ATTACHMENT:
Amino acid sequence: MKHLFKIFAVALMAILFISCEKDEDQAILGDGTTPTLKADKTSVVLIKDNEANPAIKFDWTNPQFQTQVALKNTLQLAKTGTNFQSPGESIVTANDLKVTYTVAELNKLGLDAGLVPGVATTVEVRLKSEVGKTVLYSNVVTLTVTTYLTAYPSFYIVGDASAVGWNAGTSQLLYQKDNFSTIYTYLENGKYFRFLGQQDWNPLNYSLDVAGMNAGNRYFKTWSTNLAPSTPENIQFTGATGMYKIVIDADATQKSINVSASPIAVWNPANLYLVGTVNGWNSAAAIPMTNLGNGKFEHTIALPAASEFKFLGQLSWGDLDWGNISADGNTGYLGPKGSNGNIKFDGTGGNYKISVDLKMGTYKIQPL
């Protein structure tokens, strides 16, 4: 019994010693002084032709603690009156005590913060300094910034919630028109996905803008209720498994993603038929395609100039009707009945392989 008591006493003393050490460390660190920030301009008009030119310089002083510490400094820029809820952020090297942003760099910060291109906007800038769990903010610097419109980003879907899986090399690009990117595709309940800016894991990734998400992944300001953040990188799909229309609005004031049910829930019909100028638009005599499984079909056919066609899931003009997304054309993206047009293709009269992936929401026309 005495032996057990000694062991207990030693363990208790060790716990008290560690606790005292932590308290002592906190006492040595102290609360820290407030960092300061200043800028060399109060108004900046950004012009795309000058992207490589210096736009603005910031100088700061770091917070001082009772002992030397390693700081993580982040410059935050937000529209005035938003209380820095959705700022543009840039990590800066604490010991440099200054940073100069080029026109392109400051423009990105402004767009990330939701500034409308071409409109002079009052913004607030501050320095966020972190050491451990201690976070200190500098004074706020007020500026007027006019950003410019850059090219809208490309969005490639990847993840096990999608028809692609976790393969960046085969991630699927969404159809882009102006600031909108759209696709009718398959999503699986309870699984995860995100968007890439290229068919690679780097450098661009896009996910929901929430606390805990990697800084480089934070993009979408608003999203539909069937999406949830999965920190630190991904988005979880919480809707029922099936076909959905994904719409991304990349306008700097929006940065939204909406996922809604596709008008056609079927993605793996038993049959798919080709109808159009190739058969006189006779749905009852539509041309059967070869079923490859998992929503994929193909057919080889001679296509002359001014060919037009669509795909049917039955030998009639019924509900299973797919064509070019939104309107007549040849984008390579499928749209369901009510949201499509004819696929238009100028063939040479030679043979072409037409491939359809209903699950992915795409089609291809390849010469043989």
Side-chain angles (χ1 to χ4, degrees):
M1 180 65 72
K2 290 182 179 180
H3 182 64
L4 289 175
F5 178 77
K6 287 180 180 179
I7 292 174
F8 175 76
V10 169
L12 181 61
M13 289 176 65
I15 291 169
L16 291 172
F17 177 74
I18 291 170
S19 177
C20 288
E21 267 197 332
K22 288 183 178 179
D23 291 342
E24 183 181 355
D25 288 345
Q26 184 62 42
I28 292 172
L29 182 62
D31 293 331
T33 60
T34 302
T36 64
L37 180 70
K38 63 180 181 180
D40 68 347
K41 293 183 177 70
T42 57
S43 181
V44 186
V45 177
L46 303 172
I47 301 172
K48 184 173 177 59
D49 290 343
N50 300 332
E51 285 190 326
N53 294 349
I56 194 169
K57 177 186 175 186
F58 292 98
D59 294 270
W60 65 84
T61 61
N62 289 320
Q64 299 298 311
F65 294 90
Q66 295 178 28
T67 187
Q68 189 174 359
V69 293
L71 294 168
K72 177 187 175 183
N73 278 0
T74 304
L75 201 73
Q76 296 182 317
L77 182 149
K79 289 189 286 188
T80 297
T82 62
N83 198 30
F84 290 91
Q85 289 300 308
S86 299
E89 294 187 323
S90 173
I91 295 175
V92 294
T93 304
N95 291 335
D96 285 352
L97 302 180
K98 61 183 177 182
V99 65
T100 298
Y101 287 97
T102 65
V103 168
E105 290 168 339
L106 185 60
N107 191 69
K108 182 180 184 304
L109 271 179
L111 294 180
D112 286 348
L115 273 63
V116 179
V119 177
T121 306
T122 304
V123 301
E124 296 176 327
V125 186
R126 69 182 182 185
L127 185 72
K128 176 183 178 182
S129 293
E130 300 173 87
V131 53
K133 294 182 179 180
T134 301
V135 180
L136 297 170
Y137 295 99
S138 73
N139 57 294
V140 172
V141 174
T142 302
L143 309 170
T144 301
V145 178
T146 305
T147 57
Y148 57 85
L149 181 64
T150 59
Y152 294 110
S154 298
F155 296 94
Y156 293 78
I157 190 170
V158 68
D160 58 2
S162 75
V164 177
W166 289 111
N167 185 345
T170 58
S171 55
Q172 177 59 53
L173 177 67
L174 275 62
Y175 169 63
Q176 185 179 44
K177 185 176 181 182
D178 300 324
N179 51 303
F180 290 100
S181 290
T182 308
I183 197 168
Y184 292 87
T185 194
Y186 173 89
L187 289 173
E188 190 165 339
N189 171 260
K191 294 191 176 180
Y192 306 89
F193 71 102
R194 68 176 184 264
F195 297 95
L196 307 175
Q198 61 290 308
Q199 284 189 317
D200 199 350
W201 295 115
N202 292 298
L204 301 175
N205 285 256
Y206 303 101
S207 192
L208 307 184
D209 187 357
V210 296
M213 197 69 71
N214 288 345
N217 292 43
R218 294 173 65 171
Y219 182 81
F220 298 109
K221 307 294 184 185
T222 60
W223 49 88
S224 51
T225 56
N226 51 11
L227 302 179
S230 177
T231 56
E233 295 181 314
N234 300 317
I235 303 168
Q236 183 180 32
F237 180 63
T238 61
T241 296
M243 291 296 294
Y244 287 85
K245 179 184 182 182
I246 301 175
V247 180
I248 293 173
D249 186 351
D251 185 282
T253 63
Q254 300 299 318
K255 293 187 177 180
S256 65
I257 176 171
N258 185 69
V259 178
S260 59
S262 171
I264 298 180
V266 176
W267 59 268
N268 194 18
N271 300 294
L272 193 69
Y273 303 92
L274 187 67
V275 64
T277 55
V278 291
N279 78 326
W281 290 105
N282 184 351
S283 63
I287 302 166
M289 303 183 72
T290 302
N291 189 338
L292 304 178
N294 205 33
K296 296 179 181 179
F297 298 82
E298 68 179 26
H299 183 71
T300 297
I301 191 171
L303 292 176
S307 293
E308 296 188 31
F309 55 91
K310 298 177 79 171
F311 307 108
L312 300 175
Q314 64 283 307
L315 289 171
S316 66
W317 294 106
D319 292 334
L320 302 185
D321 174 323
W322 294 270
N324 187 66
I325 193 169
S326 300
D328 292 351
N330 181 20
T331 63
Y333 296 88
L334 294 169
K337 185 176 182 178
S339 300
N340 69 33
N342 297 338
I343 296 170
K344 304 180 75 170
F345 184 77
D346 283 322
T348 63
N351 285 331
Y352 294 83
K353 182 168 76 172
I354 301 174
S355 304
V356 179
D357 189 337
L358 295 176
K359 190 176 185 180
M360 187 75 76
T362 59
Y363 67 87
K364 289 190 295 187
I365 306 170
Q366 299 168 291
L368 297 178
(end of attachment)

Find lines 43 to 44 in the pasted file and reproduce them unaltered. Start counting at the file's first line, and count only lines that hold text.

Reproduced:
K48 184 173 177 59
D49 290 343